They are the mental health statistics that make for terrifying reading, but they are also the statistics Gus Worland wants to get out there.
Seven men and two women in Australia lose their lives to suicide every day while there are separate suicide attempts every 28 seconds.
Worland might be well-known as one of Triple M's Dead Set Legends (and formally The Grill Team) but he's also a driving force in men's mental health, or mental fitness as he calls it, through his charity Gotcha4Life.
The annual 24-hour row for mental health is set to take place on October 30-31 and Worland took the opportunity to open up on why mental health needs to be spoken about.
It's braver, stronger and more manly to 'man up' and speak up rather than 'man up' and shut up which is what we've been told all our lives.Gus Worland
"It's braver, stronger and more manly to 'man up' and speak up rather than 'man up' and shut up which is what we've been told all our lives," he said.
"We got a bum steer back in the day, but it doesn't mean that we can't change it now. It's just going to take a bit of time and we have to be patient.
"If you told everyone those stats - seven men, two women and every 28 seconds someone attempts, that would be enough for most people to say we need to change up what we've traditionally done."
It's part of how his charity Gotcha4Life started in 2017.
It is Australia's mental fitness charity that works to end suicide by delivering programs that create meaningful mateship, building emotional muscle and strengthening social connections in local communities.
"Gotcha4Life means I've gotcha warts-and-all, mate and I'm not going to judge you," Worland said.
"We're going to get through the type of shit that life throws at us together because we know traditionally men have been told to 'man up', get on with it, bury your emotions, don't be a sook, get a teaspoon of cement and harden the f**k up."
"We're going to get through the type of shit that life throws at us together because we know traditionally men have been told to 'man up', get on with it, bury your emotions, don't be a sook, get a teaspoon of cement and harden the f**k up."Gus Worland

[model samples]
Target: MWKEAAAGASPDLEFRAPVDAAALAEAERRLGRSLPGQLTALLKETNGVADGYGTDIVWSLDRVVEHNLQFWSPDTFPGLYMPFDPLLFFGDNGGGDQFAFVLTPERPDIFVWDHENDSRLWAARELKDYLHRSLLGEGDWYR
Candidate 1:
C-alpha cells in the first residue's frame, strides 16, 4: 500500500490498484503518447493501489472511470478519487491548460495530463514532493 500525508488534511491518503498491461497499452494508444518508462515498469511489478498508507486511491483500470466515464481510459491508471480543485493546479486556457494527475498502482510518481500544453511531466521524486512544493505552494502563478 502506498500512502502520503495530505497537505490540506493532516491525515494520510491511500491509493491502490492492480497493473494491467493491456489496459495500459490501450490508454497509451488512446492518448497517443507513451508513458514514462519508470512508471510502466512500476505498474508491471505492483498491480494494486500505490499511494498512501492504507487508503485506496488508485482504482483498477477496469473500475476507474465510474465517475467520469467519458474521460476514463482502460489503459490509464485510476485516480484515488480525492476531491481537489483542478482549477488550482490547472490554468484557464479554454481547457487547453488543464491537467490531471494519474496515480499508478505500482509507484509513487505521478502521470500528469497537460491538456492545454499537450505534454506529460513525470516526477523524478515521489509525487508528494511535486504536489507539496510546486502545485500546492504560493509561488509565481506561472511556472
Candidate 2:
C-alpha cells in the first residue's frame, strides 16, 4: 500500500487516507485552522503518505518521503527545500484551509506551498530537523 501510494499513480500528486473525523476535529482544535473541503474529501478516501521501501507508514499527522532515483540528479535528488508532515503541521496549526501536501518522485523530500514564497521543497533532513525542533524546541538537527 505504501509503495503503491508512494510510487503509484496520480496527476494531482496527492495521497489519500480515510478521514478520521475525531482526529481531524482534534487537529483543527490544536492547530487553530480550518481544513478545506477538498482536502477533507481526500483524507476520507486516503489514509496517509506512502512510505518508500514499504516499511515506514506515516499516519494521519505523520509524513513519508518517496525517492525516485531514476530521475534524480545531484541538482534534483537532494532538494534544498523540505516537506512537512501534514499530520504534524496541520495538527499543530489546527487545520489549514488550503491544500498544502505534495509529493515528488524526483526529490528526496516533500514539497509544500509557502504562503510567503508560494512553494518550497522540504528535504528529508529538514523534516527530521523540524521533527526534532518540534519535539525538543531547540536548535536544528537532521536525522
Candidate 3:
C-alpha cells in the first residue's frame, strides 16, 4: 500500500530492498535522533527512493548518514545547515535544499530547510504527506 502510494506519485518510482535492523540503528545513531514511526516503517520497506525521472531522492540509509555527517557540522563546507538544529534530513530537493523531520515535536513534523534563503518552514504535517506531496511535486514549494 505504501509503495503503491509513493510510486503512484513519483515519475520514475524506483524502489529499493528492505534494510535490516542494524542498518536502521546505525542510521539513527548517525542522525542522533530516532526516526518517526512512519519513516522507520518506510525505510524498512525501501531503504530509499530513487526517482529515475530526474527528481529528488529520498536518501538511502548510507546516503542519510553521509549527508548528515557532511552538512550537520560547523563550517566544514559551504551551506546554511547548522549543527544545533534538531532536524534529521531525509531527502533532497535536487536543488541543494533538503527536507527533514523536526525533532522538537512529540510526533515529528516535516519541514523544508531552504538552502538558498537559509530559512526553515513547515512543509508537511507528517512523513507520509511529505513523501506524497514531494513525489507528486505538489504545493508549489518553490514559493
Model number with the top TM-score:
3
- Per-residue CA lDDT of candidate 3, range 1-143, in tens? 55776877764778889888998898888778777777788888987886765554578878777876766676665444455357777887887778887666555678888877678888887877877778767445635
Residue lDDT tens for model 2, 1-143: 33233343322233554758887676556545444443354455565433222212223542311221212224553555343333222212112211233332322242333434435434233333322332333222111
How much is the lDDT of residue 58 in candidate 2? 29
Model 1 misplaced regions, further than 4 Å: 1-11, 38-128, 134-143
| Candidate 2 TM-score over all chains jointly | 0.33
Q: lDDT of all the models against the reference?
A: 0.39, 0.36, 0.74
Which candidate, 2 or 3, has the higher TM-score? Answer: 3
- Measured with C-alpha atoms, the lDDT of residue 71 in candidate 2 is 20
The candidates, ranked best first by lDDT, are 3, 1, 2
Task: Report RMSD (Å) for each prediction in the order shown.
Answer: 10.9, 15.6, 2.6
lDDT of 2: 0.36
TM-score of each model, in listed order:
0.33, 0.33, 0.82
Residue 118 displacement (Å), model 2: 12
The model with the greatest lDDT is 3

Worland was affected by mental health tragedy when he lost a father-figure to suicide.
"Even though the awareness is out there and we're talking about it more, we have still got massive issues when it comes to that in this country," he said.
Instead of focusing on mental health, Worland wants people to focus on mental fitness the same way they would look at physical fitness.
"If you talk about 'mental health' it tends to make people think you're down the bottom of the barrel and it makes you think that it's someone else's problem, but the thing is we've all got issues," he said.
"Even though the awareness is out there and we're talking about it more, we have still got massive issues when it comes to that in this country."Gus Worland
"You have your good days and you have your bad days. That's being human so we need to normalise the conversation and when you've got events (like the row) it gets your physical fitness up, but it also gets you with like-minded people to talk about how things are truly going."
Worland admitted there has been more awareness around mental health, but more still needed to be done around shifting the thought process.
The emphasis needed to continue to be on opening up more and toughening up less.
"The key is knowing you can have that conversation, but you've got to know how to do it and when you need to do it," he said.
"If you show a bit of vulnerability, that will get you the support you need and that will make you stronger overall."
Wauchope-Bonny Hills and Port Macquarie Surf Life Saving clubs are participating in the 24-hour row.
To donate, click here.
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